What Makes A Good Villain?

Tauriq Moosa wonders:

It's time we take back the villain. It's time we destroy his boring, cackling face, his sharp teeth, his banal "evil for evil's sake", his consistent outlining of his plans to quivering minions or tied up heroes in shadowed fortresses. We're better than this, which means our villains can be, too.

He urges writers to give villains understandable motivations. In a follow-up post, he provides examples:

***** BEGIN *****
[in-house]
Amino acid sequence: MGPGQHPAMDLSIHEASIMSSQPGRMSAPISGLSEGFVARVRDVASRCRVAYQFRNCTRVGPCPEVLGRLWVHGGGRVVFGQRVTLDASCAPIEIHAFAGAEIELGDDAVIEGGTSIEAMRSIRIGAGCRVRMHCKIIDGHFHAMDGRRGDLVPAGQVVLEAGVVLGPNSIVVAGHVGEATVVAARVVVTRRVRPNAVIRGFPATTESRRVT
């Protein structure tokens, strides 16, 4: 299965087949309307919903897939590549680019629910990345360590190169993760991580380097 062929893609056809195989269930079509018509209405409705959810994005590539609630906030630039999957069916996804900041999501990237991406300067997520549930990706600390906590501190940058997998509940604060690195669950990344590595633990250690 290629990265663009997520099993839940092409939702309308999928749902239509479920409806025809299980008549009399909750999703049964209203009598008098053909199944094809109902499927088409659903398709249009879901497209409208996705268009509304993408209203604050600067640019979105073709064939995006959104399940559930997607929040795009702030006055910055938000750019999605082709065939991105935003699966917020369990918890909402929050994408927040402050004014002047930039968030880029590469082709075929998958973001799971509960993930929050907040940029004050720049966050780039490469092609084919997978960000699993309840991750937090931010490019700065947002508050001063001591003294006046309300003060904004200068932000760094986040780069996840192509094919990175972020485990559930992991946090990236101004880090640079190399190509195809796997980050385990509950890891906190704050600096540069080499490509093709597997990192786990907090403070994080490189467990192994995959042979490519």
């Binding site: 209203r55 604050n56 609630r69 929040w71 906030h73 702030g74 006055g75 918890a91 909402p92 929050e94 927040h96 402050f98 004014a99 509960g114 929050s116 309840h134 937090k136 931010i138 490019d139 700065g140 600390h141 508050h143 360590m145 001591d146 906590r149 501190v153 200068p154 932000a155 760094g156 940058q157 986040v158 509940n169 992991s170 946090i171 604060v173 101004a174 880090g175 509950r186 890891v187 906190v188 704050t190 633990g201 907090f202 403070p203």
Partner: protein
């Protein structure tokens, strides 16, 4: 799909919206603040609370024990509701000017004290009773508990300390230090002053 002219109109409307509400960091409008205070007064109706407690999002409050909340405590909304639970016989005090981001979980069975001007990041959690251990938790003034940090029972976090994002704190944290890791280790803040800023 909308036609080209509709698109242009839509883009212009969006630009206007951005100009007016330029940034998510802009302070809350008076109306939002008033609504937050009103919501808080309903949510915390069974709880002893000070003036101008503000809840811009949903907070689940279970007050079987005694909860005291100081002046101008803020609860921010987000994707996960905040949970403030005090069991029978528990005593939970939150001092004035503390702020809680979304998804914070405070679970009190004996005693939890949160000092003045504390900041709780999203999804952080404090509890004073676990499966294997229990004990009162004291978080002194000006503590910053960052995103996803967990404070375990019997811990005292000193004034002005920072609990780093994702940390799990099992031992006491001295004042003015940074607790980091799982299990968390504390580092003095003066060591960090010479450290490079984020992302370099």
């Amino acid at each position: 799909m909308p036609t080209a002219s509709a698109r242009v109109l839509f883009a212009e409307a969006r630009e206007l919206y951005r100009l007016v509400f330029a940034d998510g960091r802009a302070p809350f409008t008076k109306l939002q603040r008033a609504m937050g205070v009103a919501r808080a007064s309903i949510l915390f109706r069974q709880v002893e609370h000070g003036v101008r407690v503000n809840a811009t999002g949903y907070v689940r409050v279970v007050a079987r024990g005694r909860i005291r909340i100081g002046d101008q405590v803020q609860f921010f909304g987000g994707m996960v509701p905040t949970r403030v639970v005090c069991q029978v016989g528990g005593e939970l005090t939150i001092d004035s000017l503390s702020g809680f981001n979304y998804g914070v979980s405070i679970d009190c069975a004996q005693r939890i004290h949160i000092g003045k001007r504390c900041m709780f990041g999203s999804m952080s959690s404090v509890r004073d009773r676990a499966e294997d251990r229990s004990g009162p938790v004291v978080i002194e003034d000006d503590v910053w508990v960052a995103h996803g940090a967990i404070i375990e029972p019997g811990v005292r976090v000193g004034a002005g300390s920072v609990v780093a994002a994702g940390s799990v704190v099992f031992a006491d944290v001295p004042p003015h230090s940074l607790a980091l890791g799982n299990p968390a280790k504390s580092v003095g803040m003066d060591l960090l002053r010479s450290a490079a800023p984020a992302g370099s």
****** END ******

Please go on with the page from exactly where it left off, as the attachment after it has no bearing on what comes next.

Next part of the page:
In the X-Men universe, Magneto does not want to be a slave, has experienced first-hand and witnessed loved ones die at the hand of wrathful, ignorant humans. Magneto, being more powerful, doesn’t see why he and his fellow mutants can’t protect themselves and dominate the very species that wishes to dominate them. Professor Xavier, much to his discredit, believes there is hope for reconciliation and fellowship. Both, however, are responding to a situation that is complex, difficult, and meaningful. Magneto is trying to defend himself, those like him, against an entire species that mostly wishes to enslave him. This is not some "dark force", like Sauron or other boring iterations, which simply want to do bad things for badness’ sake: it’s grounded in a very understandable feeling of being trapped, of being branded as "different", and trying simply to live in the world.